Sep 8, 2013

MDEP pollution team postpones GAC shore inspection FOR THIRD TIME.

Curiouser and curiouser....
Our Friday visit to Maine DEP's Bangor office to look at the pollution history of GAC Chemical  and polluters past on Kidder Point  had its highs and its lows.

The bad news: The agency has for the third time cancelled its site visit to examine GAC's shore in light of our complaints.  A sudden scheduling conflict; the field investigative team is needed elsewhere.  Improbable, given the number of times the agency visit to this polluted site has already been delayed. Did our unexpected introduction of the fertilizer waste problem into the Kidder Point cleanup discussion freak DEP out?

Was this a political postponement of the investigation? I.e. did a call from the head of "Maine's Chemical Company" to Governor Lepage lead to ruthlessly pro-industry Patty Aho Commissioner being tasked to throttle back  her employees' rush to examine that polluted shore? One wonders.  Meetings with the top GAC guy David Colter started well, too but petered out over the course of the year into canceled meetings and postponed cleanup plans.

The good news: We got access to about a thousand pages of well organized documents, charts, maps etc from two sub-bureaus, solid waste and remediation (polluted sites cleanup). The two officials that greeted us were professional and helpful.  Split among four of us, and a patient DEP receptionist/copy machine operator, we extracted about 180 pages of maps, charts, core sample data, pollution evaluations, enforcement letters/ replies and more. These will appear on the Friends of Penobscot Bay website as they get digitized.

The missing news: We saw DEP's attention was on the top layers of  alum production waste laid down after fertilizer production shut down in 1970.  But where did the 11 million tons of chemical waste from  fifty years of  fertilizer production on Kidder Point and Mack Point go?

Made by sulfuric acid drenching of phosphate ore, every ton of  superphosphate leaves five tons of  useless, unhealthily radioactive and highly acidic waste "phosphogypsum" behind.  Phosphogypsum (PG) is a problem powdery waste. Too much radium, uranium and radon for use in inhabited areas, according to US EPA. But every day more thousands of tons are produced around the world. So  much that  it is piled in enormous stacked  pyramids around the world, some of them visible from outer space  thanks to our fertilizer-using planetary civilization.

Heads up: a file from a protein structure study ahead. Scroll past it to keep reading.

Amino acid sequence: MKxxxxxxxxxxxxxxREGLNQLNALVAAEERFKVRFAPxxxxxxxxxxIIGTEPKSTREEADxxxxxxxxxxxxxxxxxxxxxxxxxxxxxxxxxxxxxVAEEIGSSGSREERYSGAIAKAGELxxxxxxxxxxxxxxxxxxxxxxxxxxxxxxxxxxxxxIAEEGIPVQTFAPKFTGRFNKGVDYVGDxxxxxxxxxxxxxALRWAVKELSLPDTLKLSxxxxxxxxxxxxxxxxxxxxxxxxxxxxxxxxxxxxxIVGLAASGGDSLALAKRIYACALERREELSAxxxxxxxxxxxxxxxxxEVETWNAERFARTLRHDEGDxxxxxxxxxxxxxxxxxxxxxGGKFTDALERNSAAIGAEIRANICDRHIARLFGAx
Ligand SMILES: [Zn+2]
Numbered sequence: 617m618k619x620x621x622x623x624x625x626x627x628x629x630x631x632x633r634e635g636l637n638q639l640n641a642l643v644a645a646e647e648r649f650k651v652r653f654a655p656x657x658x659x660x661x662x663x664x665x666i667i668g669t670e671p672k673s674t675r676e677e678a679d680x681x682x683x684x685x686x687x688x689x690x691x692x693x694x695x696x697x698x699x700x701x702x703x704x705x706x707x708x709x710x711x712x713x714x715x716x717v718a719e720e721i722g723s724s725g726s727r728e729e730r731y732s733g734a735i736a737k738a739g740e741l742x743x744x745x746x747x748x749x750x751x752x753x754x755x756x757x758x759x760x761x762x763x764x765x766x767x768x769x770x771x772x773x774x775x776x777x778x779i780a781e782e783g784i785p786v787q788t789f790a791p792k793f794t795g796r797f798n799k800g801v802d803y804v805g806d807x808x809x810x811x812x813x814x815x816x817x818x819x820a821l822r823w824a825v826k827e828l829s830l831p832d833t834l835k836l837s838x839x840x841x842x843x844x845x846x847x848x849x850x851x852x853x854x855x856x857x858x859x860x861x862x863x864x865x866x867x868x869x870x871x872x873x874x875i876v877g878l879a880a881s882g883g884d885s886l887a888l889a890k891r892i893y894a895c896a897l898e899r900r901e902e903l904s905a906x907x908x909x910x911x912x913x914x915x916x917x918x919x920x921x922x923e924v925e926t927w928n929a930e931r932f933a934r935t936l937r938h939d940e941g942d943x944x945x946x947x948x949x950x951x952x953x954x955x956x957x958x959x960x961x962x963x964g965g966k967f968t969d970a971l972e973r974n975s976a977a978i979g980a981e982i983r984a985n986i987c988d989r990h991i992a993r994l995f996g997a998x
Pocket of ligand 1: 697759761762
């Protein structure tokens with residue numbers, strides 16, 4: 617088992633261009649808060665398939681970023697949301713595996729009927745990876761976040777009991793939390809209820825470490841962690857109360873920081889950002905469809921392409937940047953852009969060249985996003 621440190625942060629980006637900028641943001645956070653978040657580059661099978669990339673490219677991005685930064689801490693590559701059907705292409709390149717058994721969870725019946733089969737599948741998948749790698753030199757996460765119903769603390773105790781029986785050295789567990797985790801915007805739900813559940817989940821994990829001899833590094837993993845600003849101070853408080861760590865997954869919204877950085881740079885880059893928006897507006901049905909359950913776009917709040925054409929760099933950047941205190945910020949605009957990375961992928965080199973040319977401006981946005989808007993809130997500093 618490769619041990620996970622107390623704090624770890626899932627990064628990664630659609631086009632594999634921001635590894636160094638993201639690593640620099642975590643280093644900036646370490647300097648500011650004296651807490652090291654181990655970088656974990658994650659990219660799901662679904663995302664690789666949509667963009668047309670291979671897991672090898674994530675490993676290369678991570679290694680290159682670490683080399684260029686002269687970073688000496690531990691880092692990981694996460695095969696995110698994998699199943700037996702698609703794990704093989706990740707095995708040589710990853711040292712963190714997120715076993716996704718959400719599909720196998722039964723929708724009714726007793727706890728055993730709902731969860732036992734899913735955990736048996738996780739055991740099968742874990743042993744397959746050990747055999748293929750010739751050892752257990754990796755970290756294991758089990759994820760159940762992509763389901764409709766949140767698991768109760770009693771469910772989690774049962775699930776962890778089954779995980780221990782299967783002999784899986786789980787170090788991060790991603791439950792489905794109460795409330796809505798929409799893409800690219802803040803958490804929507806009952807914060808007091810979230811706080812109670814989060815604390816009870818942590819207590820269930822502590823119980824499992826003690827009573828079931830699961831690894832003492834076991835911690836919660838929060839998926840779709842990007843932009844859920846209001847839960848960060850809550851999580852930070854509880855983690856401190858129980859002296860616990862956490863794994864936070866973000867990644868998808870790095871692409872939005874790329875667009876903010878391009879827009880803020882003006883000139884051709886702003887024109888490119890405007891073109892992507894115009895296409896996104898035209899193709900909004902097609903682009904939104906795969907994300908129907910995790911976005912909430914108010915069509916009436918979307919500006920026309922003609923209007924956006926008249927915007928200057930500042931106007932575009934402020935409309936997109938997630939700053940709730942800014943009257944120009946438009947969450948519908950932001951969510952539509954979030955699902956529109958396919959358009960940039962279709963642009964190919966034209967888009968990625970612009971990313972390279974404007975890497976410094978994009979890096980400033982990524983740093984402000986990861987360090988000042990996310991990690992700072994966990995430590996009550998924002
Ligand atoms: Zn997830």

Searsport's fertilizer's  main market was the state's potato farms. Phosphate ore and sulfur arrived at Mack Point by ship; fertilizer went from Searsport to the tater-growing County by rail. Potatoes came back down the rail to Searsport for export.

Kidder Point & Mack Point both hosted a series of fertilizer companies:
1907 American Agricultural Chemical Company built plant and pier. Mack Pt
1907-1914 B&A RR runs electric power plant on Kidder Point  for AACC, etc.
1909  Hubbard (later Armour) Fertilizer sets up  Mack Pt
1919 Summers Fertilizer  Kidder Pt
1944 Northern Chemical Kidder Point
1966 W.R. Grace  Kidder Pt
1970 Delta Chemical  Kidder Pt
1994 to present: General Alum and Chemical(GAC)  Kidder Point

Superphosphate was made there. Lots of it.
In 1962 alone, Searsport would have generated 225,000 tons of waste while making 45,000 tons of superphosphate. Where is it?  Over fifty years, around 11 million tons of phosphogypsum would have been discarded in Searsport. Where is that? 

It is logical that the abovementioned  companies would deposit this toxic material nearby as possible.  It is most likely lining Kidder Point, Mack Point and even Sears Island  and was probably dumped into abandoned quarries like those in Northport. The amount of postponing by both the company and by MDEP suggests something is wrong on the shores of Stockton Harbor.

GAC Chemical and  Maine DEP would do better to speedily investigate the site and get the necessary remediation done and over with. Stockton Harbor, with its entrance only yards from the mouth of Penobscot River, is a very important part of Penobscot Bay's estuary system. A century of waste deposition and spillage into it from Kidder Point is a legacy that must be confronted and dealt with.

Time to  get the site investigation rescheduled AGAIN.

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